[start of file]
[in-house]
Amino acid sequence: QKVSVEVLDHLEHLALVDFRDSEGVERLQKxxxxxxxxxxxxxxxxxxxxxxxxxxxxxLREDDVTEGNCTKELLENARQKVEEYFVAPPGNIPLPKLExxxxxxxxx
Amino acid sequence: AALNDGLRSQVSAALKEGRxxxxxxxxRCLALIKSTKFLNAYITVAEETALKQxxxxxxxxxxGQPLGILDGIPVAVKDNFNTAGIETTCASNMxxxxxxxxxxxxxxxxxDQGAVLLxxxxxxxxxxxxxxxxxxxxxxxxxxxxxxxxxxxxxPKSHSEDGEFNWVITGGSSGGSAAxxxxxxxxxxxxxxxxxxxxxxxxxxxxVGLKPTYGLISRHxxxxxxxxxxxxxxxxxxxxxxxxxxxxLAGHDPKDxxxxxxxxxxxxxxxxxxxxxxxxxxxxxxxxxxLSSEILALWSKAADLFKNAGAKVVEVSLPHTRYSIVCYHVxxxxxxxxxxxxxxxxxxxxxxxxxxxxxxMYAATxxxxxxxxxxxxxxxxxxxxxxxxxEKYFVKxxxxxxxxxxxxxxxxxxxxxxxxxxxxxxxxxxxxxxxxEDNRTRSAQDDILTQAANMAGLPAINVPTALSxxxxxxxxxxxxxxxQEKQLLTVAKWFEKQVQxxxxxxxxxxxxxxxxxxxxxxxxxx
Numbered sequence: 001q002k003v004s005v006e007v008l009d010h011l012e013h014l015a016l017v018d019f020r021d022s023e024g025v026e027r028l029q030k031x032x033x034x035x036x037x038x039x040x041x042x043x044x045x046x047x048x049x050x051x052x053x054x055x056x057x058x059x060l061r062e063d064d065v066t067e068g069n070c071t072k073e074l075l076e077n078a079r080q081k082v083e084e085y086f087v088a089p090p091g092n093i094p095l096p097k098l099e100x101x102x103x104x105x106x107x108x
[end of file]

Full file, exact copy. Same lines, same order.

[in-house]
Amino acid sequence: QKVSVEVLDHLEHLALVDFRDSEGVERLQKxxxxxxxxxxxxxxxxxxxxxxxxxxxxxLREDDVTEGNCTKELLENARQKVEEYFVAPPGNIPLPKLExxxxxxxxx
Amino acid sequence: AALNDGLRSQVSAALKEGRxxxxxxxxRCLALIKSTKFLNAYITVAEETALKQxxxxxxxxxxGQPLGILDGIPVAVKDNFNTAGIETTCASNMxxxxxxxxxxxxxxxxxDQGAVLLxxxxxxxxxxxxxxxxxxxxxxxxxxxxxxxxxxxxxPKSHSEDGEFNWVITGGSSGGSAAxxxxxxxxxxxxxxxxxxxxxxxxxxxxVGLKPTYGLISRHxxxxxxxxxxxxxxxxxxxxxxxxxxxxLAGHDPKDxxxxxxxxxxxxxxxxxxxxxxxxxxxxxxxxxxLSSEILALWSKAADLFKNAGAKVVEVSLPHTRYSIVCYHVxxxxxxxxxxxxxxxxxxxxxxxxxxxxxxMYAATxxxxxxxxxxxxxxxxxxxxxxxxxEKYFVKxxxxxxxxxxxxxxxxxxxxxxxxxxxxxxxxxxxxxxxxEDNRTRSAQDDILTQAANMAGLPAINVPTALSxxxxxxxxxxxxxxxQEKQLLTVAKWFEKQVQxxxxxxxxxxxxxxxxxxxxxxxxxx
Numbered sequence: 001q002k003v004s005v006e007v008l009d010h011l012e013h014l015a016l017v018d019f020r021d022s023e024g025v026e027r028l029q030k031x032x033x034x035x036x037x038x039x040x041x042x043x044x045x046x047x048x049x050x051x052x053x054x055x056x057x058x059x060l061r062e063d064d065v066t067e068g069n070c071t072k073e074l075l076e077n078a079r080q081k082v083e084e085y086f087v088a089p090p091g092n093i094p095l096p097k098l099e100x101x102x103x104x105x106x107x108x